A harvest of bitter fruit
By Clare Short - 13 November 12:00

<strong>Prickly Pears of Palestine</strong>

Hilda Reilly <em>Eye Books, 256pp, £9.99</em>


Saddam: What will change when the dictator hangs?
By Rageh Omaar - 13 November 12:00

Even those who, from the outset, were sceptical about the shallow, vacuous policy described in London and Washington as "regime change" have been left flabbergasted by the perception of Saddam Hussein's sentencing as a 24-hour wonder. Can it really have come to that?

Saddam: Let's now charge the accomplices
By John Pilger - 13 November 12:00

In a show trial whose theatrical climax was clearly timed to promote George W Bush in the American midterm elections, Saddam Hussein was convicted and sentenced to hang.

Al-Jazeera's new voice
By John Kampfner - 13 November 12:00

Observations on television

Voice from the inferno
By Elinor Cook - 06 November 12:00

<strong>Baghdad Burning (volume 2)</strong>

Riverbend <em>Marion Boyars, 320pp, £7.99</em>


Naval gazing
By James Montague - 06 November 12:00

Observations on Iraq

Back to Anarchy
By Paul Johnson - 30 October 14:03

<strong>Taken from the New Statesman archive, 18 June 1921</strong>

This article, which gives such

No peace in our time
By John Kampfner - 30 October 12:00

Israel is facing crises on several fronts: fallout from the Lebanon war, the looming threat from Ira

Death of a hero
By Samir El-Youssef - 16 October 13:00

<strong>Being Arab</strong>

Samir Kassir <em>Verso, 128pp, £10.99</em>

ISBN 1844670996

Too busy fondling their self-esteem
By John Pilger - 16 October 13:00

The great Chilean balladeer Victor Jara, who was tortured to death by the regime of General Pinochet 33 years ago, wrote a song that mocks those who see themselves as rational and liberal, yet so often retreat into the arms of authority, no matter its dishonesty and brutality to others.

After the soldiers left
By Lucy Fielder - 16 October 13:00

Observations on Lebanon

It is right to talk about Iraq, especially when unfashionable
By Staff blogger - 09 October 13:00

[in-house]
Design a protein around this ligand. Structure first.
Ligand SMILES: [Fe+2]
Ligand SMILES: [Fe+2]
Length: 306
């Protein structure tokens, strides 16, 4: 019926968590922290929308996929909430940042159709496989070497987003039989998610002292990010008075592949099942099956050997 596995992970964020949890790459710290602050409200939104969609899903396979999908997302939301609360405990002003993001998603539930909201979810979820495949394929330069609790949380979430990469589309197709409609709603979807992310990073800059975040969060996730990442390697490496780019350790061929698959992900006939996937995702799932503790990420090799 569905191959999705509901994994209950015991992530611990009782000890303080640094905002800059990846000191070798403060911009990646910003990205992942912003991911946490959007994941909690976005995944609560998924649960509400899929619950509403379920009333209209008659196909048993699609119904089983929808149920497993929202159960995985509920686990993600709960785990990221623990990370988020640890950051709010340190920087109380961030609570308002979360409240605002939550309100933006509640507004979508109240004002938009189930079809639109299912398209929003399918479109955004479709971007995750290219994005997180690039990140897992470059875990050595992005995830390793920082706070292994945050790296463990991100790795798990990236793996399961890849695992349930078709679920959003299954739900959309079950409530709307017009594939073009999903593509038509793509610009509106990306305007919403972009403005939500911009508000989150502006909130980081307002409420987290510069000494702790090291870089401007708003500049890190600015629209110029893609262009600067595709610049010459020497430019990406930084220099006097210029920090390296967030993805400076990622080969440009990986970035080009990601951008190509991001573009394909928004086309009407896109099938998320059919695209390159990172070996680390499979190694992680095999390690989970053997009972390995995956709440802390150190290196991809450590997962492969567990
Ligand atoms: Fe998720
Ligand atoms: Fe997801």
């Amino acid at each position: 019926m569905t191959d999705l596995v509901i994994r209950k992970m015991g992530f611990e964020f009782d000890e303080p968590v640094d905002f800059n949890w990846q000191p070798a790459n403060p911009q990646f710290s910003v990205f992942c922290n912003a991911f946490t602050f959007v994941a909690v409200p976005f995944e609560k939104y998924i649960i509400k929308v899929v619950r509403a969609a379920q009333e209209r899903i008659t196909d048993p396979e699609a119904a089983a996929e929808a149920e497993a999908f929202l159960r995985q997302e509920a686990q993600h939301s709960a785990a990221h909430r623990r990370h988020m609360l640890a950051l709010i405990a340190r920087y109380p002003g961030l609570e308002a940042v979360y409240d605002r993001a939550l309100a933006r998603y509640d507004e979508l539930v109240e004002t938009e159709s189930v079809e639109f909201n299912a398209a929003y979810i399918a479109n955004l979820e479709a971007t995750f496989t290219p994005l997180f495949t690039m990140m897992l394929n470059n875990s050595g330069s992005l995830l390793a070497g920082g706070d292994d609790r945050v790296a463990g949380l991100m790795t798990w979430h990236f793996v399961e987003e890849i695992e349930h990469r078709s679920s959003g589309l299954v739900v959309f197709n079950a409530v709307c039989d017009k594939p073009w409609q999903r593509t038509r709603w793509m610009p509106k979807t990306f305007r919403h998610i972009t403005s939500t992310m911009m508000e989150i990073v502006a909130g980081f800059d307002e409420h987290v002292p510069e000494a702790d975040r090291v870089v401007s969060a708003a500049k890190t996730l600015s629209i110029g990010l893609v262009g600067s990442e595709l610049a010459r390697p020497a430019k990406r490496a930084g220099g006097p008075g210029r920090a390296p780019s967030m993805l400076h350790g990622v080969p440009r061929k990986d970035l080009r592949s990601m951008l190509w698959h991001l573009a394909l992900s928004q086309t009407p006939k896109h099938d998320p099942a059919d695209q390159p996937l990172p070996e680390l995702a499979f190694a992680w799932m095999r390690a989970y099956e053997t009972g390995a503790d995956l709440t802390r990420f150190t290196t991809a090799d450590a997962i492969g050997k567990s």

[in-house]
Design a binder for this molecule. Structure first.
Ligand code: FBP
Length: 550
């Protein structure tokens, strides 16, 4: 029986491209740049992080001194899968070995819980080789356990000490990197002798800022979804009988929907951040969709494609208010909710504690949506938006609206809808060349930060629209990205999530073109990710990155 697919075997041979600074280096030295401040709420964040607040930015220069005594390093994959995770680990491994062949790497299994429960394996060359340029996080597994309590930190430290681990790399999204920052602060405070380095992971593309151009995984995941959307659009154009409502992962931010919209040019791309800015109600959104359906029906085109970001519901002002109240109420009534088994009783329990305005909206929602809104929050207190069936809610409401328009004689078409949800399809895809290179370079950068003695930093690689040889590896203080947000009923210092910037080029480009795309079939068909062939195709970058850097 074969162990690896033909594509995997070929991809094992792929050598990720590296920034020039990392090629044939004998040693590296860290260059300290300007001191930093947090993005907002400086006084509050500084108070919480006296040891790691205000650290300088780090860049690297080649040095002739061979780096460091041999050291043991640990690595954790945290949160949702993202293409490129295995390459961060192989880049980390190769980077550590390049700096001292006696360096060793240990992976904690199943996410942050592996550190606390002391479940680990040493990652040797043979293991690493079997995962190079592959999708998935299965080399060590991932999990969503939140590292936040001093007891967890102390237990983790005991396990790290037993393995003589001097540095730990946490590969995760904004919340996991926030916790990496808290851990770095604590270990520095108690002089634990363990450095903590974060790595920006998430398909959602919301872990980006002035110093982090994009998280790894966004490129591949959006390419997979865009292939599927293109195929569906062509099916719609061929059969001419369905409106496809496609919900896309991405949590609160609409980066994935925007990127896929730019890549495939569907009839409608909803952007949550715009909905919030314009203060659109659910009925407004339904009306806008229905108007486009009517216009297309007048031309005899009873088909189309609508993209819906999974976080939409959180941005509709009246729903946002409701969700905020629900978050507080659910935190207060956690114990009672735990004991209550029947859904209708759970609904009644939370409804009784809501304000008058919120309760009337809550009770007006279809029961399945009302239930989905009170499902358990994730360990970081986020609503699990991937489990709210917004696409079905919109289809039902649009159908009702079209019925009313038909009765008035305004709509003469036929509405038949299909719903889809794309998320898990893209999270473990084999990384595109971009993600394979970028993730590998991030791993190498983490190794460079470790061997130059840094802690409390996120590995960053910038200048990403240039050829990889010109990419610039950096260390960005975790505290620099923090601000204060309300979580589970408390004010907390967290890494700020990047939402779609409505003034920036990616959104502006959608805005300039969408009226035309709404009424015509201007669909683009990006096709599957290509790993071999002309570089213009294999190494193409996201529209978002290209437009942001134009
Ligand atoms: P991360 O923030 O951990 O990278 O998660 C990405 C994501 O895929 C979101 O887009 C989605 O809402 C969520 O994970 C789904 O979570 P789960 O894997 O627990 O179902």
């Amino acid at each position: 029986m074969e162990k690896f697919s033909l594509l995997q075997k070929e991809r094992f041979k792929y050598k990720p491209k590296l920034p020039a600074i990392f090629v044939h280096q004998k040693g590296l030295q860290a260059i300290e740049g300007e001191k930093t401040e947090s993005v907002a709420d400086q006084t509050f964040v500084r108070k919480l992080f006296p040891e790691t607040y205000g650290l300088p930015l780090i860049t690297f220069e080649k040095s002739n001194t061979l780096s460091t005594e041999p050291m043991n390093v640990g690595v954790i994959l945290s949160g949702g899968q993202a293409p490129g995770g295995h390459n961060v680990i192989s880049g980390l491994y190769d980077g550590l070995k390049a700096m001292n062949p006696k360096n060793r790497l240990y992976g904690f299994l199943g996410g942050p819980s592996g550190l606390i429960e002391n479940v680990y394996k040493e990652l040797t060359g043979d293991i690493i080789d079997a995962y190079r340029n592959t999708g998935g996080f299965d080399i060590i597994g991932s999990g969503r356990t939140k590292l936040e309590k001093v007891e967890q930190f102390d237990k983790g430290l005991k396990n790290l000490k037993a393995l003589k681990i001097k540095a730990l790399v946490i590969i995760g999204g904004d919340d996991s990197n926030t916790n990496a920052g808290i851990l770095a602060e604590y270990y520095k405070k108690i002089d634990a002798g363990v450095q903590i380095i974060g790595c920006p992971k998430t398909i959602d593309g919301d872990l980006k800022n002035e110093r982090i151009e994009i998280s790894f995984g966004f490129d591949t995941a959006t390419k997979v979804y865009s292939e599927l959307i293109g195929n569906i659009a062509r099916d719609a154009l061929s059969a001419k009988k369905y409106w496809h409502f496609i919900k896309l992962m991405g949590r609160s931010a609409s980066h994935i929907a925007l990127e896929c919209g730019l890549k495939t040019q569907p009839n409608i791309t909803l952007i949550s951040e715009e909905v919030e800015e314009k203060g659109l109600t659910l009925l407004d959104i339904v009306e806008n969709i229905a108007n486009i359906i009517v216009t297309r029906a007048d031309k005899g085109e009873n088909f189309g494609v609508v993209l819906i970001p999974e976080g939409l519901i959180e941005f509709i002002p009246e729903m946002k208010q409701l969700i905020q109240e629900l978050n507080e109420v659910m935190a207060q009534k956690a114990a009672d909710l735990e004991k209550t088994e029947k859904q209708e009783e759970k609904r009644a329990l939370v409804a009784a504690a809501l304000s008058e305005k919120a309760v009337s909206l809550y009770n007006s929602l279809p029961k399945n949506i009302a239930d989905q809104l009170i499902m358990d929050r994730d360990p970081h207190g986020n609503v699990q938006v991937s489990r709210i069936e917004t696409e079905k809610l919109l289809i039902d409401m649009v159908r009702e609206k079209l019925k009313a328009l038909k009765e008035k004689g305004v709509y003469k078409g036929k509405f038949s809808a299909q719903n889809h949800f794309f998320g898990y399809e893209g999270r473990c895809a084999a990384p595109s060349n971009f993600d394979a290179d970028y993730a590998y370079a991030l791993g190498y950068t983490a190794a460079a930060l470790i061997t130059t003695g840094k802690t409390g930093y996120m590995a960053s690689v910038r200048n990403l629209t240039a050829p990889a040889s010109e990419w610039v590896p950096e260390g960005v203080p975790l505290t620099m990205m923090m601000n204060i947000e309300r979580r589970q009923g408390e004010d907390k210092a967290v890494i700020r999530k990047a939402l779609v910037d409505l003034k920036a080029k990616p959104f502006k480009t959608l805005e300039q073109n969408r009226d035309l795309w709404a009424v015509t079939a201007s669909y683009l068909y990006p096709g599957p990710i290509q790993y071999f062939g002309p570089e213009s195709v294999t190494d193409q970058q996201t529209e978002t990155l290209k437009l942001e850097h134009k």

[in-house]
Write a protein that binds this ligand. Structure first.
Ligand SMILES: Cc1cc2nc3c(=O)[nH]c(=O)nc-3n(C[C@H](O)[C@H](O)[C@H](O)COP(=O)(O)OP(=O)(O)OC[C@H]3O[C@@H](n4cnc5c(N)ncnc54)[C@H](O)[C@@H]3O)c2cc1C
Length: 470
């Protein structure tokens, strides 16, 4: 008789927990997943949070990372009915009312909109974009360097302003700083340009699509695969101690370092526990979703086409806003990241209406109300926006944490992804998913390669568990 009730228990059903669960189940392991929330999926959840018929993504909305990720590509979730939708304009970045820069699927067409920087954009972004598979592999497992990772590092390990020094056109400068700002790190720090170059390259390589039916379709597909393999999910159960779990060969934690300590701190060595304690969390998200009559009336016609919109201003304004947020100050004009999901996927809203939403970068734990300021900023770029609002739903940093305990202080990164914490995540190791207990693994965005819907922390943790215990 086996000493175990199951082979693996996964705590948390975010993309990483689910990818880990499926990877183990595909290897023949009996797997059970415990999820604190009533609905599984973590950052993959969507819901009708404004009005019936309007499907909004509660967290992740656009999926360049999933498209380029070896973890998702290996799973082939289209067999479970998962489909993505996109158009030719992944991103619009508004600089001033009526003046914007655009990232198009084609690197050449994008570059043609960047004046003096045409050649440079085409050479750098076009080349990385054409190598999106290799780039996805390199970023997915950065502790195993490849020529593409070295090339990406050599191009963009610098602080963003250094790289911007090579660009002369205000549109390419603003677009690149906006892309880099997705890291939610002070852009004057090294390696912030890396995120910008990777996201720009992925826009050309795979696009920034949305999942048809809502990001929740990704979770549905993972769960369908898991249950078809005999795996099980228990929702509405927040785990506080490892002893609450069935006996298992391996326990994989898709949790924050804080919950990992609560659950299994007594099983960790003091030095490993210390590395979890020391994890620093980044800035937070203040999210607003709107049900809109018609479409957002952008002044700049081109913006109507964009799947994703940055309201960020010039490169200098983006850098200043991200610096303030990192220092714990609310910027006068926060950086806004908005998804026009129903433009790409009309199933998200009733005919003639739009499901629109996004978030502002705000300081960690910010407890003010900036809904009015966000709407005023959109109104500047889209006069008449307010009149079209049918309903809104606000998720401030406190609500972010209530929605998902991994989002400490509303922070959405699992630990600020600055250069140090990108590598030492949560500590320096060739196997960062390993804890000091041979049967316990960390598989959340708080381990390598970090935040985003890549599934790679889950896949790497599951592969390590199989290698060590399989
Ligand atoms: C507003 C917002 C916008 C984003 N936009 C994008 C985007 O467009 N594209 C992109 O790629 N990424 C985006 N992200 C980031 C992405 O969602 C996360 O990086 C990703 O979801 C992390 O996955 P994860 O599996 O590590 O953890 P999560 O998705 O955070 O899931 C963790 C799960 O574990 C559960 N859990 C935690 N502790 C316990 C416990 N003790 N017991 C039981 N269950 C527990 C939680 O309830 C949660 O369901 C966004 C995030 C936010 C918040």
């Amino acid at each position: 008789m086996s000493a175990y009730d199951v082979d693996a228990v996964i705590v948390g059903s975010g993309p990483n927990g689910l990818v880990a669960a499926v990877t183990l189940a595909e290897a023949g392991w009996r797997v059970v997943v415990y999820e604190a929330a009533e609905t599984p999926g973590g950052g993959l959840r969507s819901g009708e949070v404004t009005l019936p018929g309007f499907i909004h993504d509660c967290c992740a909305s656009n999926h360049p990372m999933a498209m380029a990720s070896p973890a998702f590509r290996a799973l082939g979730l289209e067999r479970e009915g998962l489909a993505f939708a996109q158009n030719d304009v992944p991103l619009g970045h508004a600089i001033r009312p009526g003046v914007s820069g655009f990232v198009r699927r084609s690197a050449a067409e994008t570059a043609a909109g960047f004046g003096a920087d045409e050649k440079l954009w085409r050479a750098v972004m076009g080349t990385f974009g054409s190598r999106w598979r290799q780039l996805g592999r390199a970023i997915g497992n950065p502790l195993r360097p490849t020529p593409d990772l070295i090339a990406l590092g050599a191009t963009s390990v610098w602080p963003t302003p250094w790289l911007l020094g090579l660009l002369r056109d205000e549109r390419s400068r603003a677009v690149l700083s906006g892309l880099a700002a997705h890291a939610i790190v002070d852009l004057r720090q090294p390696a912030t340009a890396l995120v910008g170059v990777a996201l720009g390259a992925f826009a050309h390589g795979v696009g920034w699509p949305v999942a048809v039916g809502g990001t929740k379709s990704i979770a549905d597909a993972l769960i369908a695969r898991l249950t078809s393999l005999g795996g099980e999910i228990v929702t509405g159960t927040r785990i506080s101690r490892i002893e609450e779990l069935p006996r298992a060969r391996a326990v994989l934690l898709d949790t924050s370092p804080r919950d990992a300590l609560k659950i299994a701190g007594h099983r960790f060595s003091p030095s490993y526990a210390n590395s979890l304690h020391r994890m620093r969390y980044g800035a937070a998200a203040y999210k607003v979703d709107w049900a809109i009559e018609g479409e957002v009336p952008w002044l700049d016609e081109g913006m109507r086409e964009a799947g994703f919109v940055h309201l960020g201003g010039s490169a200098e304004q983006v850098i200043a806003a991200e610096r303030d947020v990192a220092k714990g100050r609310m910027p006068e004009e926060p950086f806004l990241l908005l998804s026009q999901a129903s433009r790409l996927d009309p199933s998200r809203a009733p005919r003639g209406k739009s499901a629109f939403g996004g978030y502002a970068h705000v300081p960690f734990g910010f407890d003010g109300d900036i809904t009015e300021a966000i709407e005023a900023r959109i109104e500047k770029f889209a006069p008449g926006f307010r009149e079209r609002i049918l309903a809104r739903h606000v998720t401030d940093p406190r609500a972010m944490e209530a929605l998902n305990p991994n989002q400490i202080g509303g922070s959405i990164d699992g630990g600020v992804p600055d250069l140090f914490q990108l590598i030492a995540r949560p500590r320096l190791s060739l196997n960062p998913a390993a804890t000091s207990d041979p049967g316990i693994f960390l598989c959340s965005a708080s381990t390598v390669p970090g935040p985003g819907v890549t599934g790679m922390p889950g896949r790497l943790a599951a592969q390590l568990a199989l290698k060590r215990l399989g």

Politicians and the mainstream media, usually perceived to be at odds, are more often than not in collusion. In the case of Iraq it was deemed some time ago that we had all "moved on". The bar was set so high that even the most horrific of incidents merited at best a passing mention.

How Guantanamo's prisoners were sold
By Clive Stafford Smith - 09 October 13:00

The president of Pakistan's attempts to publicise his memoirs throw light on the flawed and dishones

Time to stop teasing the axeman
By Rachel Cooke - 25 September 13:00

Uncovering Iran is a great move by Radio 4 bosses

Caravan holiday
By Tarquin Hall - 25 September 13:00

<strong>Shadow of the Silk Road</strong>

Colin Thubron <em>Chatto & Windus, 363pp, £20</em>


A full-scale war and a first foreign policy test for Premier Brown
By Staff blogger - 18 September 13:00

While attention has been elsewhere - in the case of the political class on the struggle between Messrs Brown and Blair - Britain has been sucked into another full-scale war.

Assad's worst fear
By Rachel Aspden - 18 September 13:00

Observations on Syria

A beginner's guide to "It" girls
By Killian Fox - 11 September 13:00

Peaches Geldof is too self-obsessed to get under the skin of the Middle East

<strong>The Beginner'

Absent friends
By Lindsey Hilsum - 11 September 13:00

Arguments over the war in Iraq have ignored the plight of the people themselves. As she says farewel

The ideas corner: We are the real culprits
By David Edgerton - 11 September 13:00

We rightly criticise Israeli aggression, but such tactics originated in liberal nations

Paradise lost
By Samir El-Youssef - 11 September 13:00

Returning to Tyre after 20 years, Samir El-Youssef finds a diverse city has given way to a sectarian

The Iranian Connection
By Robin Cook - 04 September 13:00

<strong>Taken from the <em>New Statesman</em> archive, 10 December 1976.</strong>

This is Robin Co

Watch this grass-roots group carefully
By Ziauddin Sardar - 04 September 13:00

A few weeks ago, a group of men knocked on my door. The three adults had large and unruly beards and wore shalwar kameez, the national dress of Pakistan. The two teenage boys accompanying them, in jeans and T-shirts, were in the initial stages of growing their beards.

Dictators: Islam's man of action
By Ziauddin Sardar - 04 September 13:00

Ziauddin Sardar on Pervez Musharraf of Pakistan

Robots take to the saddle
By James Montague - 04 September 13:00

Observations on jockeys

Dictators: Meet the CEO, Dubai Inc
By William Wallis - 04 September 13:00

William Wallis on Sheikh Mohammed bin Rashid Al Maktoum of Dubai

Successor to Saladin
By Sam Alexandroni - 04 September 13:00

Observations on Syria

Dictators: Oil, torture and the west
By Damian Quinn - 04 September 13:00

Damian Quinn on Abdullah Ibn Abdul Aziz al-Saud of Saudi Arabia

Iraq: US offensive repulsed
By Brian Cathcart - 28 August 13:00

After three bloody years and countless deaths, parcelled out daily in the tolls of bombs and gunfights and the tallies of throats slit in the night, it can be hard to argue that anything much is changing in Iraq.

Israel: What happens next?
By Gideon Lichfield - 28 August 13:00

The left is in disarray and the right has nothing fresh to offer. All Israelis can do is wait for a